It wouldn't be IndyCar if it made sense

A piece of safety fencing is removed in Houston after a crash Sunday which involved Scottish driver Dario Franchitti.

HOUSTON — It’s fitting, really, that Dario Franchitti’s frightening crash on the final lap of the Grand Prix of Houston is the one thing this season that has gotten IndyCar some mainstream attention.

Far be it for the beleaguered series to draw any interest for something other than a crash that injured 13 fans, an IndyCar official and left the three-time Indianapolis 500 winner hospitalized with a fractured spine and broken ankle.

The accident was replayed on television stations across the country and even made a morning show or two on Monday. It came with a hitch, though: At least one network mistakenly referred to IndyCar as NASCAR, and instead of recognizing Franchitti for his impressive racing resume, more than a few chose to identify him as the ex-husband of actress Ashley Judd.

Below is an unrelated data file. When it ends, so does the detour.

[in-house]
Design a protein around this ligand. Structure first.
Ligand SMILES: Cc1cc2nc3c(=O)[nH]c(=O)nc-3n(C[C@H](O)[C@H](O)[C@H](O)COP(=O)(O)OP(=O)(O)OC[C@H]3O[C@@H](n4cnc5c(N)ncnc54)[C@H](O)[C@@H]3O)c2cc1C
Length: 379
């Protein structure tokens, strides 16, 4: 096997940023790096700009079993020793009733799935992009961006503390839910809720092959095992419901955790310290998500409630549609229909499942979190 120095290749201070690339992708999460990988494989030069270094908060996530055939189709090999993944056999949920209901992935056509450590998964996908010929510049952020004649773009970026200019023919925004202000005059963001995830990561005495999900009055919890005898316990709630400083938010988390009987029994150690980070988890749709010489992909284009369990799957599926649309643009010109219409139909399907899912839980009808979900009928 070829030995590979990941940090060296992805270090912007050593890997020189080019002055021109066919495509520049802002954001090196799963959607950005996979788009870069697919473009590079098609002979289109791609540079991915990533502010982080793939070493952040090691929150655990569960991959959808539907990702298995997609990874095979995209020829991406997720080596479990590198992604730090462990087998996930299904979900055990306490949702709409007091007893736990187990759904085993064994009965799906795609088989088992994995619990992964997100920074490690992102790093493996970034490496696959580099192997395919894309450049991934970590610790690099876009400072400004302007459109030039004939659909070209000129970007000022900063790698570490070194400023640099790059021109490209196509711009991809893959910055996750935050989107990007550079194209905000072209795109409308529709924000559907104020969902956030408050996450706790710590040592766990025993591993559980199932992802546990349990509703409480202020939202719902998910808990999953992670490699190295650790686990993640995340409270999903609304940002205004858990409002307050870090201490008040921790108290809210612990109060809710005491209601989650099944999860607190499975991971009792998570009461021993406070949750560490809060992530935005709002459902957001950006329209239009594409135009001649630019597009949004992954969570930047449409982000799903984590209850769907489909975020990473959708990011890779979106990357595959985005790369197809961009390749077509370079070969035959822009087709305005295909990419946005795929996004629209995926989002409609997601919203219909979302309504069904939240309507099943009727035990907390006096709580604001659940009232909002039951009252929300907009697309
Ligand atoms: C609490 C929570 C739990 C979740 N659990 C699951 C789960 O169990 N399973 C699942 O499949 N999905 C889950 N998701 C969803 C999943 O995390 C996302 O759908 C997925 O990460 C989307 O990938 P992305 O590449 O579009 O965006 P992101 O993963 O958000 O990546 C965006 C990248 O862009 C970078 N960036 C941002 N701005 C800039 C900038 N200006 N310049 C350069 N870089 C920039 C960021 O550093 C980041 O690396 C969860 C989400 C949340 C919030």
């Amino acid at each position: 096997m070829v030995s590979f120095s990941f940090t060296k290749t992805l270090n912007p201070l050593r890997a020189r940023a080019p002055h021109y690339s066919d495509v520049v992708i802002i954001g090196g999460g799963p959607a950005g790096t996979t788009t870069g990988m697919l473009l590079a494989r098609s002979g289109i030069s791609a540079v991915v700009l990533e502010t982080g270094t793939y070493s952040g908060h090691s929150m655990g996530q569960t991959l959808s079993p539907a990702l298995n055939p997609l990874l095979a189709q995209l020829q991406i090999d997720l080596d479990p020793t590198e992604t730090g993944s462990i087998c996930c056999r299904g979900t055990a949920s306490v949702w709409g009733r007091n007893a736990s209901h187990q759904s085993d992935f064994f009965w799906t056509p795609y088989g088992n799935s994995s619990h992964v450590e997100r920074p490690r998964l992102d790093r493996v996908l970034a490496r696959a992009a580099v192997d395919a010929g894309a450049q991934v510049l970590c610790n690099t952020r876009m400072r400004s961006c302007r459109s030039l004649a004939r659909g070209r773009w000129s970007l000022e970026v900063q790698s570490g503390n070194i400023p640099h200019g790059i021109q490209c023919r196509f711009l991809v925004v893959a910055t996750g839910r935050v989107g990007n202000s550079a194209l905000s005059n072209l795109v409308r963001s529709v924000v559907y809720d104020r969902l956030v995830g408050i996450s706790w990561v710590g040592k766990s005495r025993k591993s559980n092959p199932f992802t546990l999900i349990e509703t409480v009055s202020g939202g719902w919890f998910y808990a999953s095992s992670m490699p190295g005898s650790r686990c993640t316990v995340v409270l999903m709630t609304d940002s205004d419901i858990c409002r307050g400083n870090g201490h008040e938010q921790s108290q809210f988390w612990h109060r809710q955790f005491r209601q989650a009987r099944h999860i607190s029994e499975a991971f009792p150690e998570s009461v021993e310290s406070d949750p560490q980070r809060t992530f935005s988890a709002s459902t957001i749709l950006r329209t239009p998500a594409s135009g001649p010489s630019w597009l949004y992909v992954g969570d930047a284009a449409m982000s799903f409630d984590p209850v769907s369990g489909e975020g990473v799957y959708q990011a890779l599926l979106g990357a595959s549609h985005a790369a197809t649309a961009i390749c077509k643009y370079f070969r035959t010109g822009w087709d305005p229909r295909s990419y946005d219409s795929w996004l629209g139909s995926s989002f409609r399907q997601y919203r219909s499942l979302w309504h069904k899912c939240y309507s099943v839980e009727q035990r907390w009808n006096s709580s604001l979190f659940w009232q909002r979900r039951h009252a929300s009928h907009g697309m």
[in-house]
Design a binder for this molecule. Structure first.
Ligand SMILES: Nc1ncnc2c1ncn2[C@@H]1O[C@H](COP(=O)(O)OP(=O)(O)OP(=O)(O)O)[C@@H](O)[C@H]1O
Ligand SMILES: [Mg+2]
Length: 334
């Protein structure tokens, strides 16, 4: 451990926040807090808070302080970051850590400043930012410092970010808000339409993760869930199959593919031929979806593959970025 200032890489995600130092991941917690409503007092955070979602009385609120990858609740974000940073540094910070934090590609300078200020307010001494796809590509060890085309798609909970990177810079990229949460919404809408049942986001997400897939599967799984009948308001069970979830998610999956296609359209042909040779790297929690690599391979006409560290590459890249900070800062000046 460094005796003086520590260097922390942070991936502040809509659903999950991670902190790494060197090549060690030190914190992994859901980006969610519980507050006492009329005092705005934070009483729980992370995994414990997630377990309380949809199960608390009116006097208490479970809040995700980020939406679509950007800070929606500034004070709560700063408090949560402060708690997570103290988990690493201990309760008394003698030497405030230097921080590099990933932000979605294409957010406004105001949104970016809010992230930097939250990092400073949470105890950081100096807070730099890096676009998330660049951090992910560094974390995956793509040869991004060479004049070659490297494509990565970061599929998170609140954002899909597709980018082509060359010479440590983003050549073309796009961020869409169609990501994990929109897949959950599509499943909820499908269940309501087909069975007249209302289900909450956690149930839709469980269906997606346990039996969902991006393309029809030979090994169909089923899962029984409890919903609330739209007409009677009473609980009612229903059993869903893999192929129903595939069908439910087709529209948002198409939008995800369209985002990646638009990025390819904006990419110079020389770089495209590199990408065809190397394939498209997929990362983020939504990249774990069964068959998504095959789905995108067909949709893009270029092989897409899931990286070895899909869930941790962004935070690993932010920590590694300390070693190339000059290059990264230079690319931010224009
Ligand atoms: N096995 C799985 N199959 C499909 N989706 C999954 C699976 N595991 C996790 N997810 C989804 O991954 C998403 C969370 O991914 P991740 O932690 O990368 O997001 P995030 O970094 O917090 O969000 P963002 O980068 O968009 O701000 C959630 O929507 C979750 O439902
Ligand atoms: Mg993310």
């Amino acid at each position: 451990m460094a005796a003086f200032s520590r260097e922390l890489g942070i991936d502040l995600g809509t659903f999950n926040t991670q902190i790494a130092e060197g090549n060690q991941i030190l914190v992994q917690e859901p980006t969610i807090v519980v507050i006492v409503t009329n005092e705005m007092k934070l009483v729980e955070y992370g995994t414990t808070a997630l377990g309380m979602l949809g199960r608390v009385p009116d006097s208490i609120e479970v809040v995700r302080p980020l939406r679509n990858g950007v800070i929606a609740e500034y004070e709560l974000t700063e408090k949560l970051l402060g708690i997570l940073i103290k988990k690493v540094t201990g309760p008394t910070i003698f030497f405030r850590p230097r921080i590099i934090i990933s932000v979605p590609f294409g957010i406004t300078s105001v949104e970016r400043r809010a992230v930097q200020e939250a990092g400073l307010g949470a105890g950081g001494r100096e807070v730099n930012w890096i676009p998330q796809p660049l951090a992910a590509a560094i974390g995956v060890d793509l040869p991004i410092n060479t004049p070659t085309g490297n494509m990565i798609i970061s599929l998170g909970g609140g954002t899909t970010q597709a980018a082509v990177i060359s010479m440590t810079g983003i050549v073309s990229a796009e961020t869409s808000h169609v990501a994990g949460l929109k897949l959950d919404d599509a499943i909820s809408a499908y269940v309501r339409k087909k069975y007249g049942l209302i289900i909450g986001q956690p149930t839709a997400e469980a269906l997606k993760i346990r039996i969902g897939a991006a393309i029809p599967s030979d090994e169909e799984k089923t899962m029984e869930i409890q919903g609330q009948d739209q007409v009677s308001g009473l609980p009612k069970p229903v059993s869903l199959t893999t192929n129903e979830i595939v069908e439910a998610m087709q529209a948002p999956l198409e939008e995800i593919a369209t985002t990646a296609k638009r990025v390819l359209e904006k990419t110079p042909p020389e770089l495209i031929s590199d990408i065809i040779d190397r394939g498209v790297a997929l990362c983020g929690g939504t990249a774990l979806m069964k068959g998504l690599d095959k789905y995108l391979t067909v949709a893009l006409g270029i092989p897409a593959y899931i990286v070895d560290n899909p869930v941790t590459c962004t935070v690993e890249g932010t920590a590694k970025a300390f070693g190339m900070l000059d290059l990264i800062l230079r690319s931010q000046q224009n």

That’s so IndyCar.

Then again, so was the entire visit to Houston. Despite a dedicated promoter and strong corporate backing in title sponsor Shell-Pennzoil, Sunday’s event was plagued before IndyCar even got on the track.

Construction on the course around Reliant Park could not begin until after the Houston Texans’ Sept. 29 game, so nobody had a clue there was a huge bump in the asphalt where Turn 1 would be located. Scott Dixon saw Helio Castroneves run over the bump during Saturday’s race – “he hit really hard going through the Turn 1 kink” – and Castroneves essentially bottomed out. The whole thing cost Castroneves all but eight points of the 49-point lead he had over Dixon. He now trails Dixon by 25 points with only the Oct. 19 season finale remaining.

Dixon wasn’t immune from one of those “only in IndyCar” moments, either.

Qualifying for Sunday’s race was pushed to Sunday morning, but it rained, IndyCar canceled the session and set the field by entrant points. Dixon’s Chip Ganassi Racing team led the entrant points on Sunday morning and so Dixon was celebrated as the pole winner.

But sometime after the official pole-winner presentation, somebody decided to read the rule book. That’s when it was discovered that a doubleheader weekend isn’t split in determining the entrant points, and Castroneves was actually the pole-sitter.

Of course.

But it wouldn’t be IndyCar if it made any sense.

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